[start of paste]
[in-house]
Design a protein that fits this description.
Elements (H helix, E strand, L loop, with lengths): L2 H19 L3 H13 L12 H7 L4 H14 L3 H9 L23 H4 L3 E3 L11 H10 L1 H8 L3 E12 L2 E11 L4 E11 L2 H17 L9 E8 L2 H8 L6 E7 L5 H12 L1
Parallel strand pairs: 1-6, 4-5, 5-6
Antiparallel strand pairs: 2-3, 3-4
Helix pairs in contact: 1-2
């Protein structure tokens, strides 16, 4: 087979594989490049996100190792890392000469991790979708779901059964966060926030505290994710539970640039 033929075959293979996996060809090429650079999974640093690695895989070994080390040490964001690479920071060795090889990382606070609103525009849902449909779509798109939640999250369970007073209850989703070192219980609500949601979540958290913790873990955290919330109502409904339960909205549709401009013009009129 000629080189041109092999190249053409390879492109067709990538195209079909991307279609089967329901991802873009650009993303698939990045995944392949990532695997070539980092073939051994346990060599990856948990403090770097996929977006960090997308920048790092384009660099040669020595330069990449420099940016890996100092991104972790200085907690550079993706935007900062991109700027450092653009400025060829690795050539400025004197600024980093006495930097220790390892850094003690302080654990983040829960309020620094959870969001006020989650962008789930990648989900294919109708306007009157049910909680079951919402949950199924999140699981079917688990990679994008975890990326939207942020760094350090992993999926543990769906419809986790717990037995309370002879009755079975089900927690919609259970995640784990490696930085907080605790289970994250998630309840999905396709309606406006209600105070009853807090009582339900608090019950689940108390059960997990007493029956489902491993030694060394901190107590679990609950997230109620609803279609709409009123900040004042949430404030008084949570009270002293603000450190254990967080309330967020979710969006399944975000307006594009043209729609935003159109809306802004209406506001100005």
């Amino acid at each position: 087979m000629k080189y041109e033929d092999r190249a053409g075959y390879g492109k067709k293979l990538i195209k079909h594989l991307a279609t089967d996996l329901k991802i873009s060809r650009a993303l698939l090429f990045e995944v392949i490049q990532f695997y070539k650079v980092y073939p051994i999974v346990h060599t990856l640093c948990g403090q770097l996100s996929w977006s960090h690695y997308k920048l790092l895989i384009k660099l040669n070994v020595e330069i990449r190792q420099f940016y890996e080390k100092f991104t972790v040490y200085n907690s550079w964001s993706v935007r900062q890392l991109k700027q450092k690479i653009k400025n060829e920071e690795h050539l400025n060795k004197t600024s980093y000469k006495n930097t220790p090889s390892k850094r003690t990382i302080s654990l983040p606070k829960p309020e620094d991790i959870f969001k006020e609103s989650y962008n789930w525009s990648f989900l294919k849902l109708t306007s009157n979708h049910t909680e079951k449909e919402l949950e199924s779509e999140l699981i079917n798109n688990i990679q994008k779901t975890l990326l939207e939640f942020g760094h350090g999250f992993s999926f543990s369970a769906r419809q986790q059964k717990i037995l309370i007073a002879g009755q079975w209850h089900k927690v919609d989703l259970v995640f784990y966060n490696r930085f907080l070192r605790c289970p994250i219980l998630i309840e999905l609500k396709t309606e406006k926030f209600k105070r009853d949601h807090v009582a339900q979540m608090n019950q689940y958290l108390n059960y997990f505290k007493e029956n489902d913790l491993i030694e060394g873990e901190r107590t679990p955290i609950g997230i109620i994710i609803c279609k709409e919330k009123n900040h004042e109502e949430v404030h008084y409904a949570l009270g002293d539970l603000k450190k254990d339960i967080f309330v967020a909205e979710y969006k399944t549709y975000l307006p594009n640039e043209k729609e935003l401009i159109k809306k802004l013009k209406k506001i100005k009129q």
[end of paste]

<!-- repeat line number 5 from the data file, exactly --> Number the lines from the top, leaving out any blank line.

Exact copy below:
Antiparallel strand pairs: 2-3, 3-4